Jun 29, 2020 • Written by Rachel Boulos
It feels like we’ve moved from one season of fear and chaos to another without missing a beat.
Sin has been the main character on my TV lately. Over the last few months, it’s appeared in various forms like murder, assault, racism, violence, anarchy, arrogance, hatred, fear, selfishness, idolatry, greed, pride, slander, foolishness and the distortion of truth.
It can be difficult to know how to navigate the noise right now. The pressure to pick a side along a growing divide feels overwhelming and inescapable. It’s easy to get caught up in the screaming match or jump on whatever bandwagon happens to be driving by.
For me, this chaotic world can create a feeling of confusion. The mix of true and false information leaves me feeling disoriented and lost. In order to regain my sense of agency, it can be tempting to grasp at anything that promises clarity and control – regardless of its accuracy.
During turbulent times like these, it’s important to pay attention to how culture (and adversity) is influencing your beliefs, attitudes and decisions.
Is your view of God or the Gospel changing? How is your faith being affected by those around you? Is your lens and worldview a Biblical one? Are you compromising truth in the name of love?
In times of confusion, truth is what brings clarity. It anchors you in the storm of adversity, lights your path in darkness and teaches you right from wrong.
But who determines what is right and true? Is it the one who shouts the loudest? The one with the most power? The one who is most convincing? Or do we each dictate our own personal truth?
God cares about the truth because He is truth (John 14:6). Because God is truth, He alone has the right to define it. There is no sin, deceit or falsehood in Him (1 John 1:5; Ps 92:15). He is not a God of confusion, but one of peace and clarity (1 Cor 14:33). God has gone to great lengths to personally reveal truth to humanity, recorded in His Word, so that we will not be left in darkness without hope (Ex 19:11; John 17:17). Truth is what “sets us free” from sin, confusion, lies, doubt and fear (John 8:31-32).
Evaluating my heart is important because it can easily be deceived and led astray (Jer 17:9). Promoting social righteousness, speaking out against evil and helping the oppressed are good things. Accepting, listening and loving others is needed - so long as we are not distorting the truth or defecting from God in our attempt to befriend the world (or avoid being attacked by it).
Jesus didn’t come to earth to be a political leader or bring about social justice reform. He didn’t come to start a self-improvement program, make us happy or become the power source for achieving our dreams.
Jesus came to earth to die; to save people from their sin and way of life that leads to death. Humanity naturally loves wrong more than right and stands opposed to God (Dan 9:5). Our own sinful nature is what needs to be forgiven and restored. God is the only one who can change us by giving us a new heart and mind that is inclined toward Him and godly living (Ez 11:19-20; John 3:3; 2 Cor 5:17-18).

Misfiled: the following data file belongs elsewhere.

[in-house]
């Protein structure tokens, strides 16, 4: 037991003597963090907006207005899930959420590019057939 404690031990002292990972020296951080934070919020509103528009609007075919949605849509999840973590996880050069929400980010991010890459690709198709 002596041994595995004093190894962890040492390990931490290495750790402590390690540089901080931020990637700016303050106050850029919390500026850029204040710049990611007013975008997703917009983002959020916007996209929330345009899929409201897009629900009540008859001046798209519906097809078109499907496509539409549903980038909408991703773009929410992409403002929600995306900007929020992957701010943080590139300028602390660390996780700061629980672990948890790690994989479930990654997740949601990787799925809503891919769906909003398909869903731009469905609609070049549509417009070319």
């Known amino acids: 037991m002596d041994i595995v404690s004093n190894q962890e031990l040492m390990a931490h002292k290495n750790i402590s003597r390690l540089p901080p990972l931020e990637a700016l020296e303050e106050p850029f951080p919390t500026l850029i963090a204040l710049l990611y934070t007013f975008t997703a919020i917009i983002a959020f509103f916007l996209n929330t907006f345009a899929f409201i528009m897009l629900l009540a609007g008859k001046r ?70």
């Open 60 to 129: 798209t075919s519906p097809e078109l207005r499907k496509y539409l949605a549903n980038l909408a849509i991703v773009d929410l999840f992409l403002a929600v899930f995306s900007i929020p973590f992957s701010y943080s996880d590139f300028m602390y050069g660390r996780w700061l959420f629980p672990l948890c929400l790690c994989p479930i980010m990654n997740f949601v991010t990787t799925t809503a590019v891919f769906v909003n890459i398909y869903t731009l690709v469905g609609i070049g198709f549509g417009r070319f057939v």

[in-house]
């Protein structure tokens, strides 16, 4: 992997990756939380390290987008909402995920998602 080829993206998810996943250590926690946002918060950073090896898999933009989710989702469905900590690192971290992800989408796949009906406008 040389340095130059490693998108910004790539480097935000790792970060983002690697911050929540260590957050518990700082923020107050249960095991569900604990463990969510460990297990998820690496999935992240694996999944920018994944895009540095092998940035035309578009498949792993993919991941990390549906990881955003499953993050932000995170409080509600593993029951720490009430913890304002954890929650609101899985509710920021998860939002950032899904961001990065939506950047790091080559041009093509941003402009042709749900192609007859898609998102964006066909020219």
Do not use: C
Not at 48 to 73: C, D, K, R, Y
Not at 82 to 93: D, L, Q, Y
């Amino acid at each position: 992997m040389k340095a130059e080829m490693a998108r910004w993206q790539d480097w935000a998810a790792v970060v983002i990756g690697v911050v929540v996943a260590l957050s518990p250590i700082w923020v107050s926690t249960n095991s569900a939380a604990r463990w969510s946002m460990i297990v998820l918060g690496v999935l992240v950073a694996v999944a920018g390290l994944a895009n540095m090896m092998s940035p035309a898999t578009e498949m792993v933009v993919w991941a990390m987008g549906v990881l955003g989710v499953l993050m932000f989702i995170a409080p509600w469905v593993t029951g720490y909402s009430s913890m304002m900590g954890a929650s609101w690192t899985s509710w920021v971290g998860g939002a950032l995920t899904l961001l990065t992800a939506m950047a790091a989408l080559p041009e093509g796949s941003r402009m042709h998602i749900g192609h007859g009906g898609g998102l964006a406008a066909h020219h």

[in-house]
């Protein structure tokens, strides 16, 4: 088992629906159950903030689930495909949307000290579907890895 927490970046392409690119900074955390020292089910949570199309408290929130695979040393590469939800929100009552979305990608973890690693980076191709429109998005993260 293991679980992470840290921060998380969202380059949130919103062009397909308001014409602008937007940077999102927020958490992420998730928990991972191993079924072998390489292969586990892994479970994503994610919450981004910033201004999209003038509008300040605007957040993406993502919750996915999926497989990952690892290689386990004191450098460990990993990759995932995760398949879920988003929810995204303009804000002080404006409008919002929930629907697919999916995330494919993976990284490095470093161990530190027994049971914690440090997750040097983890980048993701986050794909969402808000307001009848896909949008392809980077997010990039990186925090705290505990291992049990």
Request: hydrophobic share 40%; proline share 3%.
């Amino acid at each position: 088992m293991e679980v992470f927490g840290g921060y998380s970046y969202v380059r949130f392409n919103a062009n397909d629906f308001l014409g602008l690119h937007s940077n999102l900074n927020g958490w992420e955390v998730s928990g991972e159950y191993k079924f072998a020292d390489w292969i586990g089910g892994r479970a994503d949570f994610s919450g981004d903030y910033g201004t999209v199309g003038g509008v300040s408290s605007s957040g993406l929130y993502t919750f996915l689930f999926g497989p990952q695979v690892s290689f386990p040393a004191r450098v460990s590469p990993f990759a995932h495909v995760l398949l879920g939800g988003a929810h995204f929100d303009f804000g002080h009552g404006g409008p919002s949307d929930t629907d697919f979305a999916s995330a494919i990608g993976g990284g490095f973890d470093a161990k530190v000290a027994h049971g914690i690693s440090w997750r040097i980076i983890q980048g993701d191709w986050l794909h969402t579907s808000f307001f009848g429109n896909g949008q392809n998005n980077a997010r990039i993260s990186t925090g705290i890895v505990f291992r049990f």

Jesus doesn’t ask us to help save the world - He did that all on His own. Our job is not to save or change the world but to reconcile it to God by being ambassadors of the truth in both word and deed (2 Cor 5:18-6:1; Mark 16:15).
Truth and love are not mutually exclusive. You do not have to sacrifice one on the altar of the other. Too often we soften God’s truth with politically correct terms and labels. We suggest solutions that stop just short of the Gospel. We magnify some of God’s attributes while downplaying others. We like to talk about love but not holiness, mercy but not judgment. We dismiss sin as simply being someone’s preference or personal right.
When we water down the truth about God and His Word in order to “love” others well, we actually lose on both fronts. We doom people to either a life of pride or one of despair. All the tolerance, love and good vibes in the world will never be enough to fix our problems. Only Jesus can save the world. God’s love in light of our sin is what leads us to repentance and a relationship with Him (Rom 5:8; Acts 3:19). Caring about the world means telling people the whole truth - about God, sin, salvation and renewed life that comes through Jesus.
A desire for change is a good thing. But if we speak about love and justice outside of the Gospel message, we leave the world without hope.
During these difficult times, may we cling to the truth and what is good. May we evaluate our hearts and minds in light of God’s Word. May we steward well the influence God gives us. May we be examples of righteousness. And may we love others, not just through words and good vibes, but through godly action and truth (1 John 3:18).